Real Wealth Concepts

“A nuclear war cannot be won”

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We can all agree that a nuclear war cannot be won.

Yet, the Russia-Ukraine war is quickly escalating. Russia just announced it will cut off gas supplies to Poland and Bulgaria starting April 27th. The West is arming Ukraine. And threats are being made by all involved.

It doesn’t matter who is right or wrong, who started it, who pushed the button first or who is the more powerful force. Once nukes start flying everyone loses. What this really means is during a nuclear war the majority of the human population either combusts in the immediate blasts, dies from radiation sickness or starves during the ensuing nuclear winter.

A nuclear winter caused by soot blasting into the atmosphere, blocking sunlight, could drop temperatures by 7 or 8 degrees Celsius for years. Parts of North America and Eurasia could experience 20-30 degree temperature declines. Agricultural output would plummet, possibly reaching 0.

A nuclear war could theoretically extinguish 100% of human life.

The effects of a nuclear war are not a foregone conclusion as many still debate the veracity of existing theories. Still, as humans, we have a moral obligation to our ancestors to avoid the risk of extinction no matter how small. So it is shocking how casually people are discussing escalation of war with Russia, by proxy, directly and even through the first use of nuclear weapons.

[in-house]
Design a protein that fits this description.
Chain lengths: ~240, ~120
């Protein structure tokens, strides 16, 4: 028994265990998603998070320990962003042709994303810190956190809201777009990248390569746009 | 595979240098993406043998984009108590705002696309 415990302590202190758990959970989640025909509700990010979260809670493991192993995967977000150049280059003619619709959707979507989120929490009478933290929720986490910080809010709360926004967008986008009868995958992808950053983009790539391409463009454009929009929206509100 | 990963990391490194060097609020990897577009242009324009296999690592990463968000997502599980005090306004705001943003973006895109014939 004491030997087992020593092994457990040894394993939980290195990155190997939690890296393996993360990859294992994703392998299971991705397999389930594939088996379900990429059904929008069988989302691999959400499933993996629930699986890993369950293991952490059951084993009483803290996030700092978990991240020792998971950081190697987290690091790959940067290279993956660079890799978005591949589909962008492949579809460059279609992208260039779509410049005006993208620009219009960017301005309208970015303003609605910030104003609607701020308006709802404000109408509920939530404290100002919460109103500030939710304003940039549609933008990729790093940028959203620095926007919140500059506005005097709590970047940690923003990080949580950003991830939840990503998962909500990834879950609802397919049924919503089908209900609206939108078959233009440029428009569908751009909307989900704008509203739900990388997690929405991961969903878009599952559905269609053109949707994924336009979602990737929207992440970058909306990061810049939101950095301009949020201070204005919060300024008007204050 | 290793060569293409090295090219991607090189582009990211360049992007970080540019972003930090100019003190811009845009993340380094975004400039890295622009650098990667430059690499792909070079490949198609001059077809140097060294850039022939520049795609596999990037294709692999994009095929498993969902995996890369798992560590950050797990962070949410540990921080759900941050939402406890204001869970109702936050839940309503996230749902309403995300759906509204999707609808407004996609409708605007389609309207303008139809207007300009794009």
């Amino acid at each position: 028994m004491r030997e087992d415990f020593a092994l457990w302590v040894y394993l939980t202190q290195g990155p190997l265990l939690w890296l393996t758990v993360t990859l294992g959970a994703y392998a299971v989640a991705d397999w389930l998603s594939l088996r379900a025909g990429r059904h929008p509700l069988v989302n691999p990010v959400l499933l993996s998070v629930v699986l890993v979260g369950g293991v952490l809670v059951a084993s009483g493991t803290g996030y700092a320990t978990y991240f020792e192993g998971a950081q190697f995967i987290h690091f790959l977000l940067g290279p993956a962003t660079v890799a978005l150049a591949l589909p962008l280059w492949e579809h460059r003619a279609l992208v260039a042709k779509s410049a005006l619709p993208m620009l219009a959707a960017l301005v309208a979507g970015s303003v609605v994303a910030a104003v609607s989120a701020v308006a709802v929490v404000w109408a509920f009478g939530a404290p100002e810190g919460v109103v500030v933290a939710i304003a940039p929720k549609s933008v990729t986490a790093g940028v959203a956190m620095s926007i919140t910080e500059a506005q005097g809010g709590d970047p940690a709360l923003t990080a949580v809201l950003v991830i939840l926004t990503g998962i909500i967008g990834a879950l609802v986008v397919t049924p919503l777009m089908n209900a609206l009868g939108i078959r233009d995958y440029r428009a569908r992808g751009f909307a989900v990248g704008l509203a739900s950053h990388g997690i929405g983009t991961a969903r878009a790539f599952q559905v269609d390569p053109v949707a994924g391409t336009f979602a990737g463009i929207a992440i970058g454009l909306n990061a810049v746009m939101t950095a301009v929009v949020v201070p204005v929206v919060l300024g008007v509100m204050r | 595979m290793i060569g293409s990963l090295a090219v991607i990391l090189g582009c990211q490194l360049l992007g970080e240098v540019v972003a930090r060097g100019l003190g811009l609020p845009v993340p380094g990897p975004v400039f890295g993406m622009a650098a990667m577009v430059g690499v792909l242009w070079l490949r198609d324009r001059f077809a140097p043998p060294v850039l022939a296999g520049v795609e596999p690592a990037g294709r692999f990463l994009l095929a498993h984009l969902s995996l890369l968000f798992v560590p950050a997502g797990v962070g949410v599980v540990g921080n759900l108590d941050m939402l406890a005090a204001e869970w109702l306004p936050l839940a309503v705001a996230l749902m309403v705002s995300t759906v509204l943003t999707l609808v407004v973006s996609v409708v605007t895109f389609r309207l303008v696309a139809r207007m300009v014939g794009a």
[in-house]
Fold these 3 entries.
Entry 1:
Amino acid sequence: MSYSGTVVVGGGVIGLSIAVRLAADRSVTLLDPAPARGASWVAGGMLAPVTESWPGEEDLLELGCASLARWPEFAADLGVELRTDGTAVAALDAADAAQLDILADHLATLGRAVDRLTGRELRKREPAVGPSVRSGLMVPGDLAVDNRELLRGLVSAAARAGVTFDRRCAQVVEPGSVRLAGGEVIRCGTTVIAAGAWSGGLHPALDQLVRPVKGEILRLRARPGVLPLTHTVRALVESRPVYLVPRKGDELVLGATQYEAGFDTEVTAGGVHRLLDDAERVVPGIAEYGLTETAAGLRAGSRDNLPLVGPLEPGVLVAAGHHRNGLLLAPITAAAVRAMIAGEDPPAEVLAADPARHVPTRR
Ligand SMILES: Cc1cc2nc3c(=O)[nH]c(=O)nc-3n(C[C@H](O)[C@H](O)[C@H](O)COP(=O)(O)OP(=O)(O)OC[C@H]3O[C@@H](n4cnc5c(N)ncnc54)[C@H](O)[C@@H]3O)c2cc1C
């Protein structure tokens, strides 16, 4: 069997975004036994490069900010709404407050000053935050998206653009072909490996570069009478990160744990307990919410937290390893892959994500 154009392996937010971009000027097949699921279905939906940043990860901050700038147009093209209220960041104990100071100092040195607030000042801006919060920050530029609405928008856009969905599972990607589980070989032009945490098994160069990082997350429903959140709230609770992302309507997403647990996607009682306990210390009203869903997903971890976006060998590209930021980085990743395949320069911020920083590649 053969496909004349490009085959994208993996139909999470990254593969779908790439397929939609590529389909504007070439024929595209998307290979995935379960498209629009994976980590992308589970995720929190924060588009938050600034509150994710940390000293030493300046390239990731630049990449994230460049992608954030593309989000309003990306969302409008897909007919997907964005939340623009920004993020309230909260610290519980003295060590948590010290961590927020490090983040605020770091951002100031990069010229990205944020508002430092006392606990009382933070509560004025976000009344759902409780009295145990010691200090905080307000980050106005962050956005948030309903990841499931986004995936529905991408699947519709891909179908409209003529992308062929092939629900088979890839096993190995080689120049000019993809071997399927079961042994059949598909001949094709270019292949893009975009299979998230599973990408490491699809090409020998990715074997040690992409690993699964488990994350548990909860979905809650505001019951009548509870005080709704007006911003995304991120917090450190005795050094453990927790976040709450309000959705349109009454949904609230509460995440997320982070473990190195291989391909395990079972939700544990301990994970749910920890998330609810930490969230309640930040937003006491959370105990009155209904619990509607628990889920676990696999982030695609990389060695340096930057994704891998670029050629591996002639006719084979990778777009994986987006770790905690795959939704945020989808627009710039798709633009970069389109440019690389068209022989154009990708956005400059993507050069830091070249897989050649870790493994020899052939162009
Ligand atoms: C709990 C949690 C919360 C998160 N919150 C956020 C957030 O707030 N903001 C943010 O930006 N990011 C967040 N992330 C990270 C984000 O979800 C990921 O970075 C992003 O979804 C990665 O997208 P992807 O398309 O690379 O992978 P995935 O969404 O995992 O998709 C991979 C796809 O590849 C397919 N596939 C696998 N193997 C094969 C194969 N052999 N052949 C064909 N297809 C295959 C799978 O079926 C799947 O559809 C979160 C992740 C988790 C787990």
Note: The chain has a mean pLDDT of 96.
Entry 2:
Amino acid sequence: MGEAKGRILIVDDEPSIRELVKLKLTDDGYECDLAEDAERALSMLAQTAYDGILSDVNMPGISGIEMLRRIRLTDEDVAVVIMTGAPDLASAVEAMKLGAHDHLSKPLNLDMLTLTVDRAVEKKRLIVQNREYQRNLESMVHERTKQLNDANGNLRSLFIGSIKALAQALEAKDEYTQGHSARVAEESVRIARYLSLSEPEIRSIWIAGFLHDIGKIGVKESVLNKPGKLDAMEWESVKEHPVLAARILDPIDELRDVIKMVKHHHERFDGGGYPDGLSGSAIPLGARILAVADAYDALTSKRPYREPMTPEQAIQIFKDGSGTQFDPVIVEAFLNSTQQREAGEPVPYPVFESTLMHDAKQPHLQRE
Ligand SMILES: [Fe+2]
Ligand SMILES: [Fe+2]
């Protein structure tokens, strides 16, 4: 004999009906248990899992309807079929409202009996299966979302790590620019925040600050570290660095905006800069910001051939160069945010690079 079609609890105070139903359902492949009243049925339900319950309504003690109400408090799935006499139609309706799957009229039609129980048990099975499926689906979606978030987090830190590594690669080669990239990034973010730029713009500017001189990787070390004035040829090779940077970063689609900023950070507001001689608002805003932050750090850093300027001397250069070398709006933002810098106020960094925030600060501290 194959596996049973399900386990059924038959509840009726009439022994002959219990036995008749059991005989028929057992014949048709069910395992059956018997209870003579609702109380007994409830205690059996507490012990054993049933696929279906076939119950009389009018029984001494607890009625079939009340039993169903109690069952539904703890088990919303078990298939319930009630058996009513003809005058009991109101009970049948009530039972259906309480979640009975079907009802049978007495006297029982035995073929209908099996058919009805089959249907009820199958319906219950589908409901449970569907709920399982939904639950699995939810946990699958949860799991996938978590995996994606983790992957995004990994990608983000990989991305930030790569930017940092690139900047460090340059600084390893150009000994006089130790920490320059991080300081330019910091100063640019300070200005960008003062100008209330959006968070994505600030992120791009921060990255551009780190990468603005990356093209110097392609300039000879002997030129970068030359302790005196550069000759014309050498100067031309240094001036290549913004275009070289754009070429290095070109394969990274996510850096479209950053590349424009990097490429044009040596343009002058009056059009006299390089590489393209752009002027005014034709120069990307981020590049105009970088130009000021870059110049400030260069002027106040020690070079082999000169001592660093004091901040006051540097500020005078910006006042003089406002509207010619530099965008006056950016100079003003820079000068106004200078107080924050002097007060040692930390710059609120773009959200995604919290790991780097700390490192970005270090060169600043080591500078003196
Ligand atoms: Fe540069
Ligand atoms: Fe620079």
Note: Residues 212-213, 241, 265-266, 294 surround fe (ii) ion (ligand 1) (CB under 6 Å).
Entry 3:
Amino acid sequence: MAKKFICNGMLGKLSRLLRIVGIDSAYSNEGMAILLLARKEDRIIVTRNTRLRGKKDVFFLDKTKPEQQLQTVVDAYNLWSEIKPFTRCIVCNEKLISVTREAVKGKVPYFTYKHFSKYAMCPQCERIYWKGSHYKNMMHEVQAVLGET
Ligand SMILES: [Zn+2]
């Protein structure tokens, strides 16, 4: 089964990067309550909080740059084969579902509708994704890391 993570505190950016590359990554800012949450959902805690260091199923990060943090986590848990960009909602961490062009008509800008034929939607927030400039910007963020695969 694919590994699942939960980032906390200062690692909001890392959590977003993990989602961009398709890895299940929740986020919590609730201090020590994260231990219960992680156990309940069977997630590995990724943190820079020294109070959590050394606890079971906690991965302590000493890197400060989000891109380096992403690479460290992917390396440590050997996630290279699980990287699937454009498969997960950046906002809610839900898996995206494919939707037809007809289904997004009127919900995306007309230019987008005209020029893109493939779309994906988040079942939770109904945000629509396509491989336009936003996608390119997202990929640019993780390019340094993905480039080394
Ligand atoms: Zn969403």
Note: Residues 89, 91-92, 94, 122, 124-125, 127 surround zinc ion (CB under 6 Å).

The bravado and rhetoric from all sides is disturbing. We’re openly arming Ukraine, many armchair generals are calling for a no-fly zone and some even suggest the West go straight for Moscow. The real generals agree.

“If this is left to stand, if there is no answer to this aggression, if Russia gets away with this cost-free, then so goes the so-called international order, and if that happens, then we’re entering into an era of seriously increased instability. What’s at stake is the global international security order that was put in place in 1945. That international order has lasted 78 years, it’s prevented great power war, and underlining that entire concept is the idea that large nations will not conduct military aggression against smaller nations, and that’s exactly what’s happened here, an unprovoked military aggression by Russia against a smaller nation.” — Chairman of the Joint Chiefs of Staff Gen. Mark Milley

Milley is right: a) The post-WWII peace dividend has benefited much of the world and b) bullies only respond to force.

Also, as Milley states, much is at stake.

This war isn’t just about Russia and Ukraine. This is about the heartland of the world – Eurasia. The heartland theory was first proposed by Sir Halford John Mackinder, a British geographer who wrote a paper in 1904 called “The Geographical Pivot of History.”

Mackinder observed that the majority of the world’s population resided on the Eurasian and African landmass and that control of this “world island” would lead to eventual world domination. This world island could be best controlled from the pivot area, which would guarantee self-sufficiency in food for the country dominating the region, and the pivot area’s inaccessibility by sea would provide a formidable defensive barrier. The pivot area was vulnerable to land attack only by way of the plains of eastern Europe. Thus, control of eastern Europe would ensure domination of the pivot area and ultimately world domination. — Britannica